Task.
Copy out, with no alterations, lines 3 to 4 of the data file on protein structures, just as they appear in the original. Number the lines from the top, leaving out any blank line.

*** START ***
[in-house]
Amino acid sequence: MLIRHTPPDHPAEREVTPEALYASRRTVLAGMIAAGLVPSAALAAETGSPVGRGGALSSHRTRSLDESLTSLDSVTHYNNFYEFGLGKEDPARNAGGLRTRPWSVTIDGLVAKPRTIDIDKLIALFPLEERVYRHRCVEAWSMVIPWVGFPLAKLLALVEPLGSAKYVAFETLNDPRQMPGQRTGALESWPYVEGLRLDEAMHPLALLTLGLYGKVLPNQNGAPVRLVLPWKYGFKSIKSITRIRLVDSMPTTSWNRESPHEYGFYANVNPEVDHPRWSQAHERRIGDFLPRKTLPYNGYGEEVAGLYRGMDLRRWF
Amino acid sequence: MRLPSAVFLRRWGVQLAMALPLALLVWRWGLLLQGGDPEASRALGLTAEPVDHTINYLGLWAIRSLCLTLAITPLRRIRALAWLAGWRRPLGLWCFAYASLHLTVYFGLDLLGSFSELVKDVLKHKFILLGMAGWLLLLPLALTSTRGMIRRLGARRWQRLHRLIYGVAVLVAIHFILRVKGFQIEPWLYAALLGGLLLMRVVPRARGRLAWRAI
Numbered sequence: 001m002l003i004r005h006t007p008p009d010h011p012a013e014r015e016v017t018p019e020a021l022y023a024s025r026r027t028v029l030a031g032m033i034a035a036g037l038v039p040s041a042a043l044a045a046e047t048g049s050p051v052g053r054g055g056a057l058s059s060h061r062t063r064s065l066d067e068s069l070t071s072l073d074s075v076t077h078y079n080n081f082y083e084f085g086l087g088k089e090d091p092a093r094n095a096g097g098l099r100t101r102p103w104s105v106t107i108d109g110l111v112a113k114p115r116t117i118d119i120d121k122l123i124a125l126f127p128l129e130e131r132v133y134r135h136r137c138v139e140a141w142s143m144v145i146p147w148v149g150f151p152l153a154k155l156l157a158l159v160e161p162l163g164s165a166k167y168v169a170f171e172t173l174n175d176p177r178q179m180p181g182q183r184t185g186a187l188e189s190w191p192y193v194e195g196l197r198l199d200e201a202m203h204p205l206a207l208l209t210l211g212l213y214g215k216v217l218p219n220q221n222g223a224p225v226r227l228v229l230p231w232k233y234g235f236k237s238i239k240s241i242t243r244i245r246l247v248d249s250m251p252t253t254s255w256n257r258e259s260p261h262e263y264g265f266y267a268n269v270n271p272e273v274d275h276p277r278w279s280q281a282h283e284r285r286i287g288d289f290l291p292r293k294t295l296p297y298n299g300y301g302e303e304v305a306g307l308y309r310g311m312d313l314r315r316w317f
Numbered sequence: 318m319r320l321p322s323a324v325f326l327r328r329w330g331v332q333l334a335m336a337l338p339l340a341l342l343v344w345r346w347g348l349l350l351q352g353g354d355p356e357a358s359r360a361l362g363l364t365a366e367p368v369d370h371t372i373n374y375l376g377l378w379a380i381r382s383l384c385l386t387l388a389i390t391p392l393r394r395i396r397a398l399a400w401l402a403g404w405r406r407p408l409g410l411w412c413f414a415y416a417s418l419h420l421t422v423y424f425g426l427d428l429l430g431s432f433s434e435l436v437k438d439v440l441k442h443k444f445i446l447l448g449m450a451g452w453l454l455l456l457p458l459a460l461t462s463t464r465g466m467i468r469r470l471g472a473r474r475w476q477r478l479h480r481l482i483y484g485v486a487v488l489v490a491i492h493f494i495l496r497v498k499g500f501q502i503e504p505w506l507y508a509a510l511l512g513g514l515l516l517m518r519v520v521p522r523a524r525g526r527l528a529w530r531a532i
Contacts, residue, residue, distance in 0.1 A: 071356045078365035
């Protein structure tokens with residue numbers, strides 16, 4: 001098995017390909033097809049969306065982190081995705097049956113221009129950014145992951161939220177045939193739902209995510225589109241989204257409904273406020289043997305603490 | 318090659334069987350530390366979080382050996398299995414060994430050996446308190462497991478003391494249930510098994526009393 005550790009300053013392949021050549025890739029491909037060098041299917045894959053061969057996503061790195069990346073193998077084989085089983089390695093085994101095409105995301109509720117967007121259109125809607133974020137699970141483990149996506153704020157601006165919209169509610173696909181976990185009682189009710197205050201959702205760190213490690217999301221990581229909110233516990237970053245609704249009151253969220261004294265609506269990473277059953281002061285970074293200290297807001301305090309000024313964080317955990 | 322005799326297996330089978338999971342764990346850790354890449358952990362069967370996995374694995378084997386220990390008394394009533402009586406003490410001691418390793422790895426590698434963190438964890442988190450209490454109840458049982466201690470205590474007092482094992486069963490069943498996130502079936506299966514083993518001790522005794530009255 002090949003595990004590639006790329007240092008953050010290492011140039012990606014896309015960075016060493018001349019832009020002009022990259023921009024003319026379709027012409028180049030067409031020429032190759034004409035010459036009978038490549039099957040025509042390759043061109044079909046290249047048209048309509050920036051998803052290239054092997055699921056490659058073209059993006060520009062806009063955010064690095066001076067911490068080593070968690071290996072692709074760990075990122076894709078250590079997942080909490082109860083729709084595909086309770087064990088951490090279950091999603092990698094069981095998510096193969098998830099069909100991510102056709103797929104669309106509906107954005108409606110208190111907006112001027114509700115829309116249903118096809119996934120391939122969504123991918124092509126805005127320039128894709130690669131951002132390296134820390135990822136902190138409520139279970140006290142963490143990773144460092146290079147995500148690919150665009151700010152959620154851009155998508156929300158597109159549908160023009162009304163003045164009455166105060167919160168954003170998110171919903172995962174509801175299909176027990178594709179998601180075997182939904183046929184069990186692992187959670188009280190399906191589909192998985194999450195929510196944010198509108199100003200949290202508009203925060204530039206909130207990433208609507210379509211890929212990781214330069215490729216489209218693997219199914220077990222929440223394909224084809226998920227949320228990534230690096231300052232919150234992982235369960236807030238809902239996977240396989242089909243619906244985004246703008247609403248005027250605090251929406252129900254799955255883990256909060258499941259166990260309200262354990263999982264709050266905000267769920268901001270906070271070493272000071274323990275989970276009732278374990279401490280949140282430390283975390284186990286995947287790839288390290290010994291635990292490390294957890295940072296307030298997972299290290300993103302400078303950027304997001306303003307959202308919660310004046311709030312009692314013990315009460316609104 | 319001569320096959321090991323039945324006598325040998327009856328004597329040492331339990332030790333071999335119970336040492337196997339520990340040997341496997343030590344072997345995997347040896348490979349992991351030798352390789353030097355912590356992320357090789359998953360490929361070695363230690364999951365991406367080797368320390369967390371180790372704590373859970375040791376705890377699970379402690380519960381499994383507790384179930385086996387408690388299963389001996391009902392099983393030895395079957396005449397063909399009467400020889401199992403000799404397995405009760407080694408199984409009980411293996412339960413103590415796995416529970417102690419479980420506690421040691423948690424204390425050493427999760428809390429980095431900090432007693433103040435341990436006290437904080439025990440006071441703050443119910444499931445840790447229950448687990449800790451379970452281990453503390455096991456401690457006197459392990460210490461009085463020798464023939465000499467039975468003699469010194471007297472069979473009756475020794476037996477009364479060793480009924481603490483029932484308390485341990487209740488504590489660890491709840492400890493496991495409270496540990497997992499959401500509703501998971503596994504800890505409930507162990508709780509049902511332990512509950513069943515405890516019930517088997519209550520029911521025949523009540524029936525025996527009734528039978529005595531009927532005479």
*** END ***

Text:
Amino acid sequence: MRLPSAVFLRRWGVQLAMALPLALLVWRWGLLLQGGDPEASRALGLTAEPVDHTINYLGLWAIRSLCLTLAITPLRRIRALAWLAGWRRPLGLWCFAYASLHLTVYFGLDLLGSFSELVKDVLKHKFILLGMAGWLLLLPLALTSTRGMIRRLGARRWQRLHRLIYGVAVLVAIHFILRVKGFQIEPWLYAALLGGLLLMRVVPRARGRLAWRAI
Numbered sequence: 001m002l003i004r005h006t007p008p009d010h011p012a013e014r015e016v017t018p019e020a021l022y023a024s025r026r027t028v029l030a031g032m033i034a035a036g037l038v039p040s041a042a043l044a045a046e047t048g049s050p051v052g053r054g055g056a057l058s059s060h061r062t063r064s065l066d067e068s069l070t071s072l073d074s075v076t077h078y079n080n081f082y083e084f085g086l087g088k089e090d091p092a093r094n095a096g097g098l099r100t101r102p103w104s105v106t107i108d109g110l111v112a113k114p115r116t117i118d119i120d121k122l123i124a125l126f127p128l129e130e131r132v133y134r135h136r137c138v139e140a141w142s143m144v145i146p147w148v149g150f151p152l153a154k155l156l157a158l159v160e161p162l163g164s165a166k167y168v169a170f171e172t173l174n175d176p177r178q179m180p181g182q183r184t185g186a187l188e189s190w191p192y193v194e195g196l197r198l199d200e201a202m203h204p205l206a207l208l209t210l211g212l213y214g215k216v217l218p219n220q221n222g223a224p225v226r227l228v229l230p231w232k233y234g235f236k237s238i239k240s241i242t243r244i245r246l247v248d249s250m251p252t253t254s255w256n257r258e259s260p261h262e263y264g265f266y267a268n269v270n271p272e273v274d275h276p277r278w279s280q281a282h283e284r285r286i287g288d289f290l291p292r293k294t295l296p297y298n299g300y301g302e303e304v305a306g307l308y309r310g311m312d313l314r315r316w317f